"A declining currency in and of itself is not a bad thing when inflation is relatively low and manufacturing jobs are going away," Conkey says. "But it's like alcohol -- a little bit may be good, but how do you stop?"
A falling dollar doesn't have to doom the stock market, although that was part of the lead-in to the 1987 crash. After all, the dollar has been falling for more than two years, and stocks are far in the green during that period.
At the very least, a weaker dollar favors exporters such as technology and machinery manufacturers, respective examples being
. Raw materials producers such as
also get a boost as dollar-denominated commodities rise in price to offset the decline in the currency.
Conversely, importers such as
and companies dependent on lower interest rates such as
, can get hurt.
Greenspan certainly doesn't expect the sky to fall, as he said in his Nov. 19 speech on the dollar.
"Market forces should over time restore, without crises, a sustainable U.S. balance of payments," the maestro said after conceding that a further decline in the dollar was
all but inevitable.
Don't expect the Fed to start raising rates like mad to save the dollar now.
"The interest rate that the Fed issues is principally oriented towards domestic inflation and domestic growth," noted Komal Sri-Kumar, chief global strategist at TCW. "I don't think the dollar has ever been the principal target of the Fed's policies."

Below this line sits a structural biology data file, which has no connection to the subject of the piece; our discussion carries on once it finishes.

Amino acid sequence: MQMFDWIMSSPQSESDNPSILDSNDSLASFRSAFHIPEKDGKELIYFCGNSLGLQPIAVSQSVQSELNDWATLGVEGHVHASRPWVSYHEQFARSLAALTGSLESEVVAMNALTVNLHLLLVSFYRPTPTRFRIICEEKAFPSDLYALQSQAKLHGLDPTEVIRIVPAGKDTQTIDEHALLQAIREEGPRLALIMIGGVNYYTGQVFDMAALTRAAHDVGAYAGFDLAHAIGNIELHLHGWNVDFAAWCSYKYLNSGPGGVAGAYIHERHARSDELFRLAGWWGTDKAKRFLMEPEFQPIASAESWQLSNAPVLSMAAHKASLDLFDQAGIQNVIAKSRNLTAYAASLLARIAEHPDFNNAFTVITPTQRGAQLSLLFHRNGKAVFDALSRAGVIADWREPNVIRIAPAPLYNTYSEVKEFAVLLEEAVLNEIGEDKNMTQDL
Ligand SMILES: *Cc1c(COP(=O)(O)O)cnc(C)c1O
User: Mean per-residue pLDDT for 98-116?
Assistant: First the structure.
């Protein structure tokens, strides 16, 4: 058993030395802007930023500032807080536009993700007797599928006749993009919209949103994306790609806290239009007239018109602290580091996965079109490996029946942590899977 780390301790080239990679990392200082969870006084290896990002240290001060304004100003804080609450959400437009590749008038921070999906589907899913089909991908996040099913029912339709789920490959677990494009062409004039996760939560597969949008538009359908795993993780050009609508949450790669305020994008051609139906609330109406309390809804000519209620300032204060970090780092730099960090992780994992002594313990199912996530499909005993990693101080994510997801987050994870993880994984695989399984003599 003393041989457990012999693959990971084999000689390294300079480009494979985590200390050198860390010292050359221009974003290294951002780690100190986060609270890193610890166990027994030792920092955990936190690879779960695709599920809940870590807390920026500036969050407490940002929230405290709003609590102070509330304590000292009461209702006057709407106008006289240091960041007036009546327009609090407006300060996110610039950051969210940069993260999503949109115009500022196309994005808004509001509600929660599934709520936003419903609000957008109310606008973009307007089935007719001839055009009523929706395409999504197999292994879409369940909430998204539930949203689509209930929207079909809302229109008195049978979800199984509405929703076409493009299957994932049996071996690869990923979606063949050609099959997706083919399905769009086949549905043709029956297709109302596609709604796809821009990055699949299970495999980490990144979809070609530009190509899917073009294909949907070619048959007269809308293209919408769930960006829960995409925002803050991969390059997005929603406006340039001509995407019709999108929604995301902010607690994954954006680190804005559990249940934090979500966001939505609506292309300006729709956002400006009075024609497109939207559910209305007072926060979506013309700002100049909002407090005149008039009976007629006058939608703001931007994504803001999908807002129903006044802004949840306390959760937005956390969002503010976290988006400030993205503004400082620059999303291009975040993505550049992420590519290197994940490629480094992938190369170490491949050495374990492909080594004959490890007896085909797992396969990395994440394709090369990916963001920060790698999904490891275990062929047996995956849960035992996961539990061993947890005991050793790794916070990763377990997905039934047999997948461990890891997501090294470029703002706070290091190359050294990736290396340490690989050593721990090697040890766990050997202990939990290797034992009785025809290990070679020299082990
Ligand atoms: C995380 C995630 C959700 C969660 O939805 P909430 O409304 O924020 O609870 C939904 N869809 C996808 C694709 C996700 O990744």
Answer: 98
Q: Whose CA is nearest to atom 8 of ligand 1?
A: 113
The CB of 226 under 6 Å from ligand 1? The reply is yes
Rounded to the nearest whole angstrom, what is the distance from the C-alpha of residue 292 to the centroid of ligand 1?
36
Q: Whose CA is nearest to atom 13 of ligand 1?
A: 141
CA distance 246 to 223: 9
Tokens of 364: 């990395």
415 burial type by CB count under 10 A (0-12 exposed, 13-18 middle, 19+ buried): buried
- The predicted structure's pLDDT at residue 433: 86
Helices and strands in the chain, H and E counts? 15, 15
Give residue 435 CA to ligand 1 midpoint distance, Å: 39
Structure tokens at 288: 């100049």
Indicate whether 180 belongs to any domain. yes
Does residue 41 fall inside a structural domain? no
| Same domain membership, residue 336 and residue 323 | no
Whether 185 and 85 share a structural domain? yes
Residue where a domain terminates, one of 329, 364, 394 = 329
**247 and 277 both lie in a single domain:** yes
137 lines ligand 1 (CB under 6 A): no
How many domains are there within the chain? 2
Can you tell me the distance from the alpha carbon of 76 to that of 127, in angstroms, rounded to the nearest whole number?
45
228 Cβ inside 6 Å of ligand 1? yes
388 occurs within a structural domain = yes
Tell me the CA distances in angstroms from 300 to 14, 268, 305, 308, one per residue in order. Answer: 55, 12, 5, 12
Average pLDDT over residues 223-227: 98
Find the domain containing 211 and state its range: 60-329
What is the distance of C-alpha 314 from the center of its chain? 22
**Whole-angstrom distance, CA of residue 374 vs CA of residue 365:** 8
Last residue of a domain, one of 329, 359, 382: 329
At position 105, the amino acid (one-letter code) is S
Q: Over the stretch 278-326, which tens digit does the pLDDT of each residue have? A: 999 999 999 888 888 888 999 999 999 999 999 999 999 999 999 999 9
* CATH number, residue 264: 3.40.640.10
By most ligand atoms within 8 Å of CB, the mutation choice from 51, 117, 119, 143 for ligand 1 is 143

Further complicating the task for dollar saviors will be actions taken in Europe and Asia, and beyond the control of Greenspan.
Nearly all analysts agree that the Chinese, by keeping the value of their currency at a nearly fixed ratio to the dollar, are exacerbating trade imbalances. Some analysts had expected word out of China over the weekend indicating a near-term change in currency policy. But despite frequent pleas from the Bush administration for a revaluation, no one gave any such signal at the country's Central Economic Work Conference.
"It was instead made quite clear, once again, that the Chinese government will proceed at its own pace in this matter," wrote currency analyst Simon Derrick at Bank of New York.
Meanwhile, short-term rates may be about to head higher in Europe, despite sluggish growth in the eurozone.
A tightening by the European Central Bank would dampen the dollar-boosting impact of any rate increases by the Fed because U.S. rates wouldn't be any higher on a relative basis; and, in theory, they could even be lower if the Europeans move more aggressively. The ECB holds its monthly meeting on Thursday and could then give a signal about which way it is leaning.
Still, the dollar remains locked in a downward cycle. Even if the dollar stages a rally on news of the ECB meeting or Friday's U.S. employment data, expect the declining trend to resume sooner rather than later.
In keeping with TSC's editorial policy, Pressman doesn't own or short individual stocks. He also doesn't invest in hedge funds or other private investment partnerships. He invites you to send